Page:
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Private schools offering different learning models
Sacred Heart distance learning
Sacred Heart School teacher Kevin Crivelli shares a virtual selfie with his students (Photo contributed).

Turlock’s private schools are adjusting to the start of a new school year during the pandemic.

Sacred Heart School began its first day of school with distance learning on Monday, while Turlock Christian has pushed their opening date to Sept. 8 with plans to welcome students back onto campus in small learning “pods.”

Turlock’s private catholic school’s first day of distance learning was a “success,” Sacred Heart shared on social media, with parents sharing photos in the comment section of their children attending class virtually — in uniform, of course.

Sacred Heart has submitted its waiver application and reopening plan to public health for approval, but waivers to reopen elementary schools will not be accepted until the COVID-19 transmission rate in Stanislaus County falls to an acceptable level.

“We pray we will be with our students in person soon,” Sacred Heart shared with parents and students on Facebook. “Until then, we will remain strong from a distance!”

As TC also awaits word on a waiver for its elementary students, the school is providing parents with three options when classes resume on Sept. 8 — students can participate in online distance instruction from their home, an independent study/homeschool model for elementary students or participation in an on-campus distance learning camp with small cohorts of their peers.

“Turlock Christian School is committed to on-campus, in-class education. Our destination, our ‘True North,’ from which we will not vary is in-person education. It is our intention to be the first school back on campus the first day possible. Unfortunately, in Stanislaus County, that day is not here yet,” Head of School William Hoyt said in an email to the campus community, pointing out the watchlist restrictions. “...we are forced to take a detour. While never the intended nor the best route, sometimes detours turn out far better than expected.”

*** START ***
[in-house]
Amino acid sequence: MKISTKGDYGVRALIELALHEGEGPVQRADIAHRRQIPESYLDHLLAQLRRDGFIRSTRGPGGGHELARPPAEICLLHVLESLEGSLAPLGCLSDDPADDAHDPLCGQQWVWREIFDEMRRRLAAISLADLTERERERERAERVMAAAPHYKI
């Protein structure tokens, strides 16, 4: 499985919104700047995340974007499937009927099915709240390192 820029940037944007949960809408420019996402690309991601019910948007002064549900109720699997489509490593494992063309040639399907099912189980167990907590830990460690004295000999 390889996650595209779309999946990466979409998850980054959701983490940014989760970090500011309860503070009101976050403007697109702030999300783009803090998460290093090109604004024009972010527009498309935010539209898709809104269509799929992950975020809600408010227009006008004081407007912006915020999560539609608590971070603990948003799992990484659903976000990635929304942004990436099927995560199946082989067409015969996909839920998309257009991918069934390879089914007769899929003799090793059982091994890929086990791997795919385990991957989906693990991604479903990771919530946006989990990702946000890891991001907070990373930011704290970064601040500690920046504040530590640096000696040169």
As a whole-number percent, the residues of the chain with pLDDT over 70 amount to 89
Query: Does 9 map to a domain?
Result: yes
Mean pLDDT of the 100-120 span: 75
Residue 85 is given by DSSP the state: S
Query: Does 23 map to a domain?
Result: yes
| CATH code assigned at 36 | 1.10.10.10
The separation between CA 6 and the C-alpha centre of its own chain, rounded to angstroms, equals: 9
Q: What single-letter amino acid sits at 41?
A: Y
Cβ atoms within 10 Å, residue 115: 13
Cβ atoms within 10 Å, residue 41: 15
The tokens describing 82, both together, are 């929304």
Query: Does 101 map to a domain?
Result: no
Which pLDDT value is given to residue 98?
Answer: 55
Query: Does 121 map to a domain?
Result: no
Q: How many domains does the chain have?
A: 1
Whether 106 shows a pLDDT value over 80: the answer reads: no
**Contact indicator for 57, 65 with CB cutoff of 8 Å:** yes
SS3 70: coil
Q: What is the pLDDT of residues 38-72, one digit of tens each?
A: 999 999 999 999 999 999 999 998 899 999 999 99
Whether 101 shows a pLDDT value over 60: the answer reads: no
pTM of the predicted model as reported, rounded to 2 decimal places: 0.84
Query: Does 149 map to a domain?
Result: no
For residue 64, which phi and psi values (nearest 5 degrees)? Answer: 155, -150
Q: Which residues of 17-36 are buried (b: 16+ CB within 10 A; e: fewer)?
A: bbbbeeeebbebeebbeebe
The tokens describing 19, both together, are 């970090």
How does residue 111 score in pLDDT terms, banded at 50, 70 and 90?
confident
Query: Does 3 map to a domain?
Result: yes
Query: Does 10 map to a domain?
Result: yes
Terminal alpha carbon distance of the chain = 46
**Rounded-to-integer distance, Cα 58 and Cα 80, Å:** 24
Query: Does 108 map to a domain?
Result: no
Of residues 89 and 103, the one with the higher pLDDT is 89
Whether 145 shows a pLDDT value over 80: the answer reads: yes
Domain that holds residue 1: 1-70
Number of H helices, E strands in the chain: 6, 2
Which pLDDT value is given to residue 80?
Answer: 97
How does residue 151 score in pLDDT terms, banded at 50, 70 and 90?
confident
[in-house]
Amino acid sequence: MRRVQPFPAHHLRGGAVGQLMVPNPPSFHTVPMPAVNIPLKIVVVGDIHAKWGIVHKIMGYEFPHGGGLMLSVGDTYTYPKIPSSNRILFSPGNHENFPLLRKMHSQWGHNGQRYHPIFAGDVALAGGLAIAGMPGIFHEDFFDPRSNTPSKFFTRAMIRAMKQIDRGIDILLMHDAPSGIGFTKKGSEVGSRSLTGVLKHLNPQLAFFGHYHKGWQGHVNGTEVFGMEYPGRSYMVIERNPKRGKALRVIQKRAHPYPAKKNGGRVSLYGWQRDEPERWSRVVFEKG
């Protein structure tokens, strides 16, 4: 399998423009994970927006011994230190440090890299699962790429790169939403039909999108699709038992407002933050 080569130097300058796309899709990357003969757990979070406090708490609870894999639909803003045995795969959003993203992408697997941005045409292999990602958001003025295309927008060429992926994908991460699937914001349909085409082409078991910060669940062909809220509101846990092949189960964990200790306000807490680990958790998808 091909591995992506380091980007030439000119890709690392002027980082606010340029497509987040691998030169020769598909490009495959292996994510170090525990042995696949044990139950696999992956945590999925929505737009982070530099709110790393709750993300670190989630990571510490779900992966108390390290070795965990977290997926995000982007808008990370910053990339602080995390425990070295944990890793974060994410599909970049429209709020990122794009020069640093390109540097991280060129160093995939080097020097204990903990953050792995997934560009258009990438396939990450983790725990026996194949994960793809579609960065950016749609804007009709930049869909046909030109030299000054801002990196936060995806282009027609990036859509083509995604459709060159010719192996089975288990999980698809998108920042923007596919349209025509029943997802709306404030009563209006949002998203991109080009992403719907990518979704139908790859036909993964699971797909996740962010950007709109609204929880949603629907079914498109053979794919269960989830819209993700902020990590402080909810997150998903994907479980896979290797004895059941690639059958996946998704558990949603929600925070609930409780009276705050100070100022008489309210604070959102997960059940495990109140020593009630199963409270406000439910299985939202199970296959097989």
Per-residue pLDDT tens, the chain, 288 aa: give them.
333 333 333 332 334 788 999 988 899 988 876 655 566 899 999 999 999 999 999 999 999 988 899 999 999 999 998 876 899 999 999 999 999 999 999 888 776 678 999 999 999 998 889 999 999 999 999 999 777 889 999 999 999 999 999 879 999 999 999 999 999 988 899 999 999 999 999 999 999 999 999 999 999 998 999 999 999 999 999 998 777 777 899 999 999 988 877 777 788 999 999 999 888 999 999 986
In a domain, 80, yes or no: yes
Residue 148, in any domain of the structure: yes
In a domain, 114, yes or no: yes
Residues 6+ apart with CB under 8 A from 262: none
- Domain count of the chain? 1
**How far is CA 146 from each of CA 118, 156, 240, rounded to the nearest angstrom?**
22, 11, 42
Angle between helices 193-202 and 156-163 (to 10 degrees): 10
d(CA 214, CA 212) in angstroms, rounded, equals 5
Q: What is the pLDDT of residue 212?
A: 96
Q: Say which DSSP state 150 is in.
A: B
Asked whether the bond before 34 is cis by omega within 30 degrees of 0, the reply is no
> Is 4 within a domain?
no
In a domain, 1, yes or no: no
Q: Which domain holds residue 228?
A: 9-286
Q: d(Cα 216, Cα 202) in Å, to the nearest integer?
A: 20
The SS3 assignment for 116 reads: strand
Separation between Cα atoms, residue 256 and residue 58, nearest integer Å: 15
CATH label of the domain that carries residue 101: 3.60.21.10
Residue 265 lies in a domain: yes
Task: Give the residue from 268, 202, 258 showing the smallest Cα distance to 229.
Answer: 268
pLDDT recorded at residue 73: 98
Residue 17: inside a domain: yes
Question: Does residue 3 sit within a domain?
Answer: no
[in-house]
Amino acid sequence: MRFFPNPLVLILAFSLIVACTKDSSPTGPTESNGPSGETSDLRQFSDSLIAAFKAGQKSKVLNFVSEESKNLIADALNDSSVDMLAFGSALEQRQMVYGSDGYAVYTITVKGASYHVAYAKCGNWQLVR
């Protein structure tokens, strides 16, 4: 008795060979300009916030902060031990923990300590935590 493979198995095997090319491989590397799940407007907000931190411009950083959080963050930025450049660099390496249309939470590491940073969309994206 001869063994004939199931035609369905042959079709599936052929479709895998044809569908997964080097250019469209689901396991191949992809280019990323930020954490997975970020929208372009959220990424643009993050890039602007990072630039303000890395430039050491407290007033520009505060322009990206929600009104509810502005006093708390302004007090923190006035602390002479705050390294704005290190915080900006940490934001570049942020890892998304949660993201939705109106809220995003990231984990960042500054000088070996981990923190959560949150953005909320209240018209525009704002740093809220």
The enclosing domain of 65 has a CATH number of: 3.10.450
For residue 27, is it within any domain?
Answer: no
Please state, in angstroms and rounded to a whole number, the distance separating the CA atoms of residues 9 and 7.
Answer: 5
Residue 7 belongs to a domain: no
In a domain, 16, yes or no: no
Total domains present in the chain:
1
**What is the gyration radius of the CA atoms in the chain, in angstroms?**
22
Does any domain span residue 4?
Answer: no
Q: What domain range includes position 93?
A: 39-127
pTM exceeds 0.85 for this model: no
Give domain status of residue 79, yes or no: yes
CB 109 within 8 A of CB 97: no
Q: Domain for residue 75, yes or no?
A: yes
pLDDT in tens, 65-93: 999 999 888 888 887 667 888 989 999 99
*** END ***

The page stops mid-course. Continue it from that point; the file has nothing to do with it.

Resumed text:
TC’s distance learning camp option will be made available to both elementary and secondary students and is permitted under new state guidelines released last week which allow for “cohorts” to be utilized by public and private institutions. These cohorts must be stable groups of no more than 14 youth and two supervising adults who stay together for all activities and refrain from contact with others while in the public setting.

According to the state guidance, cohorts are acceptable in supervised care environments, like licensed child care facilities, licensed exempt child care programs, supervised programs on a school site while a school is not in session or is providing curriculum in a distance-learning format, or where some educational services are being offered to a subgroup of students as identified by a local educational agency on a school campus. Turlock Unified School District is also exploring the use of cohorts to provide better learning resources for its Special Education students.

TC’s distance learning camp will provide daily live video instruction and opportunities for personalized, virtual interaction with teachers. The cohorts will consist of 12 students who, according to Hoyt’s letter, will be able to “work together, stay on task, complete activities and assignments, begin homework and spend time with peers.”

Staff members will oversee each pod and health screenings will take place for both campuses from 8 a.m. to 8:45 a.m. everyday. Live online instruction will last from 9 a.m. to 1 p.m. with age-appropriate breaks, and students who wish to remain on campus to work on homework and other class-related, skill-building activities may do so until 3 p.m.